Pleasing image in a sensible cropped format for the image. Thank you for sharing and I enjoyed your image a lot.

NATURE SCORE 3-Nature story strong

TECHNICAL SCORE 3-Excellent exposure

PICTORIAL SCORE 3-Excellent composition and impact

TOTAL SCORE 9


This Review is written by: Nirmalya B.

NATURE REVIEW OF THE IMAGE
The floating body of the weasel definitely describing it's typical movement pattern and deserve full marks as nature story.

TECHNICAL REVIEW OF IMAGE
Capturing such a fast moving creature is not easy even with bust mode. Deserves full marks in my view in technical aspects too.

PICTORIAL REVIEW OF IMAGE
I liked the shot at first sight. Absolutely nothing to criticise.

NATURE SCORE 3-Nature story strong

TECHNIC AL SCORE 3-Excellent exposure

PICTORIAL SCORE 3-Excellent composition and impact

EXTRA POINT 1-Exceptional

TOTAL SCORE 10


This Review is written by: LC B.

NATURE REVIEW OF THE IMAGE
This to me is more than a “portrait” shot as while there’s no obvious narrative story that we’ve been drummed to require, the simple airborne movement is plenty to give interest.


TECHNICAL REVIEW OF IMAGE
Well shot/focussed/color balanced etc. I don’t have any kvetches/notes for improvement.


PICTORIAL REVIEW OF IMAGE
Compositionally I think you could improve the image, as with the subject placed dead center the sense of movement is stalled and the story as well. Cropping most of the out of focus foreground and leaving more negative space on the RH versus the LH side would give the subject and the viewer’s eye room to move.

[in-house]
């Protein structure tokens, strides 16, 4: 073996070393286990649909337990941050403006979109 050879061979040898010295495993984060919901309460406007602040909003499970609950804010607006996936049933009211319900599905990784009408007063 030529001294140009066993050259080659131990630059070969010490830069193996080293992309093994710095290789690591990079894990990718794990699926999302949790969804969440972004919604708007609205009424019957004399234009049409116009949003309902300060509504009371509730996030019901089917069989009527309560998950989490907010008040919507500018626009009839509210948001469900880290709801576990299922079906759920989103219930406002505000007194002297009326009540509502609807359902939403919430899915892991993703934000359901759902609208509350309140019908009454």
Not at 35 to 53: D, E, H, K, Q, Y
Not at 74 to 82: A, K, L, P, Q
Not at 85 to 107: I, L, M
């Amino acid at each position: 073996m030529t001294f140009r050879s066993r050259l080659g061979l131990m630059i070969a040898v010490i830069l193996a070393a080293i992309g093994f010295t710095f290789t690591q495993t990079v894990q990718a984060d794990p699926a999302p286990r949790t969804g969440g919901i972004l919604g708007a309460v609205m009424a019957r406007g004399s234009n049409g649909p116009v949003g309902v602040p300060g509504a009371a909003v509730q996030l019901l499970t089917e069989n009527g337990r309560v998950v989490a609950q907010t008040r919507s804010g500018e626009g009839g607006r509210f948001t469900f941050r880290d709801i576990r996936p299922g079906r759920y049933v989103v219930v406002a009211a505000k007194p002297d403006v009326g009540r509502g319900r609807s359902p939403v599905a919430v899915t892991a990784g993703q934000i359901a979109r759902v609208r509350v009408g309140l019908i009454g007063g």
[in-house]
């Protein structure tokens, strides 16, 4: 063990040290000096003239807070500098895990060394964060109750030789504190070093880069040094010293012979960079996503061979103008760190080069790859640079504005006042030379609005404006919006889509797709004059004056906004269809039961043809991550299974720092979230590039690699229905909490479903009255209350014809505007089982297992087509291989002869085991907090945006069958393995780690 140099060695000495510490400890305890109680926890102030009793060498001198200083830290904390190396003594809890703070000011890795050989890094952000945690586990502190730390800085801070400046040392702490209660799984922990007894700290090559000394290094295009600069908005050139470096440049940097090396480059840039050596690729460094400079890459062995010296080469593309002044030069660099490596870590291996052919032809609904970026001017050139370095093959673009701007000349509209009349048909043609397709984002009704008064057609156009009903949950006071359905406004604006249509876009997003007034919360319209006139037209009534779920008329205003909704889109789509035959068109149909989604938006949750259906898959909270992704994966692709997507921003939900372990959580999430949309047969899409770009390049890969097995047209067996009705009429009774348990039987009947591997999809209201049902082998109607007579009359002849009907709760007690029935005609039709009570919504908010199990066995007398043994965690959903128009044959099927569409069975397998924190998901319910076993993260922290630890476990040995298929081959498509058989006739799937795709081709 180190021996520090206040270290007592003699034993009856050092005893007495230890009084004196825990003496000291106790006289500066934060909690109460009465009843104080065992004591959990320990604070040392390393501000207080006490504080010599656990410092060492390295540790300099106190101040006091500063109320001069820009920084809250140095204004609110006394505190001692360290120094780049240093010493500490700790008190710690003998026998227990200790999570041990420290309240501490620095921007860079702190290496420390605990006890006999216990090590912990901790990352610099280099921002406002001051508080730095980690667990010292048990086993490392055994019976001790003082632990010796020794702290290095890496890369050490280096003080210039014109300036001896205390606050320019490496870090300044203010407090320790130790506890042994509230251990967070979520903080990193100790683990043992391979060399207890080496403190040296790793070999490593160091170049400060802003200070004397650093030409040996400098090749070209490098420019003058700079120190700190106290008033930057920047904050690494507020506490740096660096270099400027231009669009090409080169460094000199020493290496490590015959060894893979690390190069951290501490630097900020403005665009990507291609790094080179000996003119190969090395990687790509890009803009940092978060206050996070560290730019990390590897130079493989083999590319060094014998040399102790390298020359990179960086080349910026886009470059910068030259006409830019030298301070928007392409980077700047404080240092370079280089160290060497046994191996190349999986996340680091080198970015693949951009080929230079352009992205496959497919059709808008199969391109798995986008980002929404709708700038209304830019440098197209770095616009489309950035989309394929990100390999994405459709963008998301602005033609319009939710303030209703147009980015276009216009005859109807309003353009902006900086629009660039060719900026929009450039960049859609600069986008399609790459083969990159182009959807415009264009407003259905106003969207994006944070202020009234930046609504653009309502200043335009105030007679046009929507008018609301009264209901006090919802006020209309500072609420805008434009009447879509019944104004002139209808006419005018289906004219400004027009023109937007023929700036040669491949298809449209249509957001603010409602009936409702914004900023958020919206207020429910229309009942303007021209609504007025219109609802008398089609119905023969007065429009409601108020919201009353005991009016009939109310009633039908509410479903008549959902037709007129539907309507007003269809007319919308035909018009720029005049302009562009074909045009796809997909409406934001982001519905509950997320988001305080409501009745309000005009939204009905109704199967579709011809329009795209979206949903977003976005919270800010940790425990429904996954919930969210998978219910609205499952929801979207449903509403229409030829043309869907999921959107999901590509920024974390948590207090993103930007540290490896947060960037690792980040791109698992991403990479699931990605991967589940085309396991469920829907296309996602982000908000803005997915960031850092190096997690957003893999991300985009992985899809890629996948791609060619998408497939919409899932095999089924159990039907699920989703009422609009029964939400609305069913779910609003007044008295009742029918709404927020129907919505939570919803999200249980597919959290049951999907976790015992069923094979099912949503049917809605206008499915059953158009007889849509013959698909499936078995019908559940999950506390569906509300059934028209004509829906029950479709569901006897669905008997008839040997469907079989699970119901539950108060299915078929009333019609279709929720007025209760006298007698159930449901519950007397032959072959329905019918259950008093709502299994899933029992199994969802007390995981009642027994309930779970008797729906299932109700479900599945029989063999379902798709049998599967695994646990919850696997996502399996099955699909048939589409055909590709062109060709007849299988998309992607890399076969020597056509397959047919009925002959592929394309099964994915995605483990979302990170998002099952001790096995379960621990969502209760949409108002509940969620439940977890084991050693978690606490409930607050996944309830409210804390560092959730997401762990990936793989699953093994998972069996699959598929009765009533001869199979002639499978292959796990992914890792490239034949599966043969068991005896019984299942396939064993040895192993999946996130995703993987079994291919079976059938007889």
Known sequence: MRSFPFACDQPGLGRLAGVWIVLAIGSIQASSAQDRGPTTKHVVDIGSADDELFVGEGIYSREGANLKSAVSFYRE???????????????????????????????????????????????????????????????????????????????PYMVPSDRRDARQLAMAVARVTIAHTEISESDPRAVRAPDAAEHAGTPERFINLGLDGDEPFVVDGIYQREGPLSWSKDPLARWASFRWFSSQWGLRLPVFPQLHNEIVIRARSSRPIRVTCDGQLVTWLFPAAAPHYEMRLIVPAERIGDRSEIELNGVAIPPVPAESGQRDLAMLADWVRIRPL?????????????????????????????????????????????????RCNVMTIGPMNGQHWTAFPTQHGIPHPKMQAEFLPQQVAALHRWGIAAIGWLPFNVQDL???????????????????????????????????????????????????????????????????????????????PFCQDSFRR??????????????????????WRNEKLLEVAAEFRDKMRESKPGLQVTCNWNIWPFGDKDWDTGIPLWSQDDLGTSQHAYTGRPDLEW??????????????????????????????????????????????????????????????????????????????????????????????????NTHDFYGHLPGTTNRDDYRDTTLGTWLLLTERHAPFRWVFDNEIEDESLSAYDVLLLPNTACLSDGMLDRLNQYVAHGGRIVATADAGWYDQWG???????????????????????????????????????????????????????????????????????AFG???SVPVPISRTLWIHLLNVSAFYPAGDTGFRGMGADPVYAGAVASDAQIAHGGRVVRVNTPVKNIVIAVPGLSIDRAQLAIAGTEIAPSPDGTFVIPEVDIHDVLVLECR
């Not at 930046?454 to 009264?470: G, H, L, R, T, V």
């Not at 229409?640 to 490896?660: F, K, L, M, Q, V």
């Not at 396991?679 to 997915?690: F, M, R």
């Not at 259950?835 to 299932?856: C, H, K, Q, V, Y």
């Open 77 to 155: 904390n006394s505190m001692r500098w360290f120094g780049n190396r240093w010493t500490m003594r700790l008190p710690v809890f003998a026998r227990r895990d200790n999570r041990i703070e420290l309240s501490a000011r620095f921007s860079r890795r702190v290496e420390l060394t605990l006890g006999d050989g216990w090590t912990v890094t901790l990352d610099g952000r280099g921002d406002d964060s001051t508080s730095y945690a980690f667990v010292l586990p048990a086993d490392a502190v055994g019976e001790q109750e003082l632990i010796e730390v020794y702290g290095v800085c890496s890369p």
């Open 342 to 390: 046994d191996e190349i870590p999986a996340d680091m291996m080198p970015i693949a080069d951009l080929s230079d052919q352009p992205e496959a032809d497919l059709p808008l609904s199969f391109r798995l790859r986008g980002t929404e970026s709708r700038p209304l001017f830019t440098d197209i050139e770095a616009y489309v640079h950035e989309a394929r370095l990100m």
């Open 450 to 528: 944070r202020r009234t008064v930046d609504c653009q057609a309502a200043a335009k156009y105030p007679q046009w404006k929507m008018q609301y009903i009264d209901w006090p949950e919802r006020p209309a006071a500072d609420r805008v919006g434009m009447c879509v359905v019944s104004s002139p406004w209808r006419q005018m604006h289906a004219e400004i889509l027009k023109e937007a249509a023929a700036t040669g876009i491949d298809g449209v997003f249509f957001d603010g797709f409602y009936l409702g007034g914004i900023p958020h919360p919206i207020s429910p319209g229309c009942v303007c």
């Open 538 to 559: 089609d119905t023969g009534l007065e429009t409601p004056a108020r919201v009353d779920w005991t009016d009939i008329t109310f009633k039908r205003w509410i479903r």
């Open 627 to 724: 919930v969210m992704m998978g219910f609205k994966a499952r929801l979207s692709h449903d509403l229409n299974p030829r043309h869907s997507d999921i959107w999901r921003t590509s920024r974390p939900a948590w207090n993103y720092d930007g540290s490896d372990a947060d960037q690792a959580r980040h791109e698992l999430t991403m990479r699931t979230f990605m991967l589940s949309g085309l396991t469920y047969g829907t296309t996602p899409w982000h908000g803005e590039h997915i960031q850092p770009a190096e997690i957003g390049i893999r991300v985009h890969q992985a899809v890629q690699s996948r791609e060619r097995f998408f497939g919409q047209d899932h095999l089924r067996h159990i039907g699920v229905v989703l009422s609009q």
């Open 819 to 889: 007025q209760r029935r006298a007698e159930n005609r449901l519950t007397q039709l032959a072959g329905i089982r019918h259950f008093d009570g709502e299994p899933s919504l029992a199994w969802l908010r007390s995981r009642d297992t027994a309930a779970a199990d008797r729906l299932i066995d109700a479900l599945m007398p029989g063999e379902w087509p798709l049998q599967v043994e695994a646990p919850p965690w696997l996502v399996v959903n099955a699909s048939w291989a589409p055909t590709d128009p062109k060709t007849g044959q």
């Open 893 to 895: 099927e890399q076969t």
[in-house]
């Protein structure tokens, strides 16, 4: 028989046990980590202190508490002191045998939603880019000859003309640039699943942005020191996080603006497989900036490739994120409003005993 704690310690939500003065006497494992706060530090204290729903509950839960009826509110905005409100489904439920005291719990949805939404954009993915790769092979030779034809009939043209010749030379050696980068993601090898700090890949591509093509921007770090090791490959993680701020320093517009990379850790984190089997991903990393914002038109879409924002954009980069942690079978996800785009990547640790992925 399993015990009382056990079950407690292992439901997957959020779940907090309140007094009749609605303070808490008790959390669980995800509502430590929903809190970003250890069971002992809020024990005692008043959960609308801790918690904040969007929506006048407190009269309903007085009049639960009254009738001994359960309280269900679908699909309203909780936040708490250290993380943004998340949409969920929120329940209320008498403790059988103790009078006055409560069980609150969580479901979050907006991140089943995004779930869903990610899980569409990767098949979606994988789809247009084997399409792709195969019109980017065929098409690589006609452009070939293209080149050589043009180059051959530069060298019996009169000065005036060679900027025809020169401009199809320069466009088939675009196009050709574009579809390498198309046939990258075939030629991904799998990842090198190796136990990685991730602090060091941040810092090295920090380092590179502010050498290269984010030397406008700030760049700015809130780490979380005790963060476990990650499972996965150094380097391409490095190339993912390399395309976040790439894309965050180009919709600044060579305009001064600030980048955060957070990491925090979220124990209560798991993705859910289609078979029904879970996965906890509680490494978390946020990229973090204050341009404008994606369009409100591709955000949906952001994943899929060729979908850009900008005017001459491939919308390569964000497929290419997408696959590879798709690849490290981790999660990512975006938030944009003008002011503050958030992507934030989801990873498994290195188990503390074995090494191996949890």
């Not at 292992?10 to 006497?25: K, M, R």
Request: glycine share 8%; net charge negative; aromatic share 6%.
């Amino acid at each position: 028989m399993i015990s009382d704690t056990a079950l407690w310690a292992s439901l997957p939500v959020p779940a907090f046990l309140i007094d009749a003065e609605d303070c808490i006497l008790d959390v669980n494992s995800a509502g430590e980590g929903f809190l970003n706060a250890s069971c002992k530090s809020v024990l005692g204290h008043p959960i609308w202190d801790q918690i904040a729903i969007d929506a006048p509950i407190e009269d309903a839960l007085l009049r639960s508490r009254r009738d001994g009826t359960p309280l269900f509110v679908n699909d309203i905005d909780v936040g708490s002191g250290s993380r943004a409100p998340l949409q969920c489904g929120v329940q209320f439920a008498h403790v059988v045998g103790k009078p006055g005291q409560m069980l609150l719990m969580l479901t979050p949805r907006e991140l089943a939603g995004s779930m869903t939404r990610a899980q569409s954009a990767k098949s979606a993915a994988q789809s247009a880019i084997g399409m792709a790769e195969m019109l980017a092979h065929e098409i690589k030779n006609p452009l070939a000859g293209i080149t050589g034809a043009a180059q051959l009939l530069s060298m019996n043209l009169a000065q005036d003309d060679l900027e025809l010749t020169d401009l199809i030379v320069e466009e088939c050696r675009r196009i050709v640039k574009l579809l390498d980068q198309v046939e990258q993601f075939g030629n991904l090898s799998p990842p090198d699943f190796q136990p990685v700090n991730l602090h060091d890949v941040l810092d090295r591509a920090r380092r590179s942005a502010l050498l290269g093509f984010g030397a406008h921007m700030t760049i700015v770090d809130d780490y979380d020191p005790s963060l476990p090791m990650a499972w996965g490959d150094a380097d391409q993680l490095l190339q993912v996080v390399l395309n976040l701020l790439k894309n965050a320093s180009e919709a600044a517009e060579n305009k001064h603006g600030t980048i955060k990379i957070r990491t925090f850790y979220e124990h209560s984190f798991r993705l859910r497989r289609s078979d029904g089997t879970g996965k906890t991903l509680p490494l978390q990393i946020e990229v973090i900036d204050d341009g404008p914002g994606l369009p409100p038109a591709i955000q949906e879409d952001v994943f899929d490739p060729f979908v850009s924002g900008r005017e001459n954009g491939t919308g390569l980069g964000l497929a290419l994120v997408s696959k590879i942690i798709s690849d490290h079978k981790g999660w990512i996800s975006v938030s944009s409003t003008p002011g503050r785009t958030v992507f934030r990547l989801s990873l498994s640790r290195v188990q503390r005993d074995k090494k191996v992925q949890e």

NATURE SCORE 3-Nature story strong

TECHNICAL SCORE 3-Excellent exposure

PICTORIAL SCORE 2-Average composition and impact

TOTAL SCORE 8


This Review is written by: Suman B.

NATURE REVIEW OF THE IMAGE
story isn't there, portrait shot what I see in it.

TECHNICAL REVIEW OF IMAGE
technically you have flaws. It's not Tac sharp which most probably my guess is due to the shutter speed since its a small animal moving fast over a lot of distance captured by a magnified telephoto. colour profiling you mentioned and I went through the video to learn a few tricks although I use Nikons! see the whites in the paws, the fur beneath the ear as well as the slight nose top we can vi ew all are not perfect white rather a tinted one. since the entire weasel is in a single parallel to the sensor the f8 is enough to get the DOF but what is missing is the Depth of focus.
However I am adding an exceptional point on the ground that you took the pain of shooting something different with the heavy gear and this needs to congratulated.

PICTORIAL REVIEW OF IMAGE
ppictorially I would suggest you to crop from below as the blurry fronts are distracting.

NATURE SCORE 2-Nature story of average strength (portrait)

TECHNICAL SCORE 2-Average exposure

PICTORIAL SCORE 2-Average composition and impact

EXTRA POINT 1-Exceptional

TOTAL SCORE 7



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APRIL 2021 ROUND
Title:   A Flying Male Mallard Duck With Wing Tip Touching The Water

Goal:   To Capture A Mallard Duck In Flight
One would expect few wildlife opportunities in the middle of San Francisco. Stow Lake in Golden Gate Park has been a goldmine. While waiting for some action from the nesting Great Blue Herons and a pair of Red-tailed Hawks, I photographed this Mallard Duck flying out of Stow Lake.
My philosophy for nature photography is to be “open to everything and attached to nothing”. This is one of Wayne Dyer’s 10 Tips for Success and Inner Peace. Thus, I try never to pass up an opportunity to make a great nature photo.
This a great bird photograph location, and I am grateful to the person who told me about this location.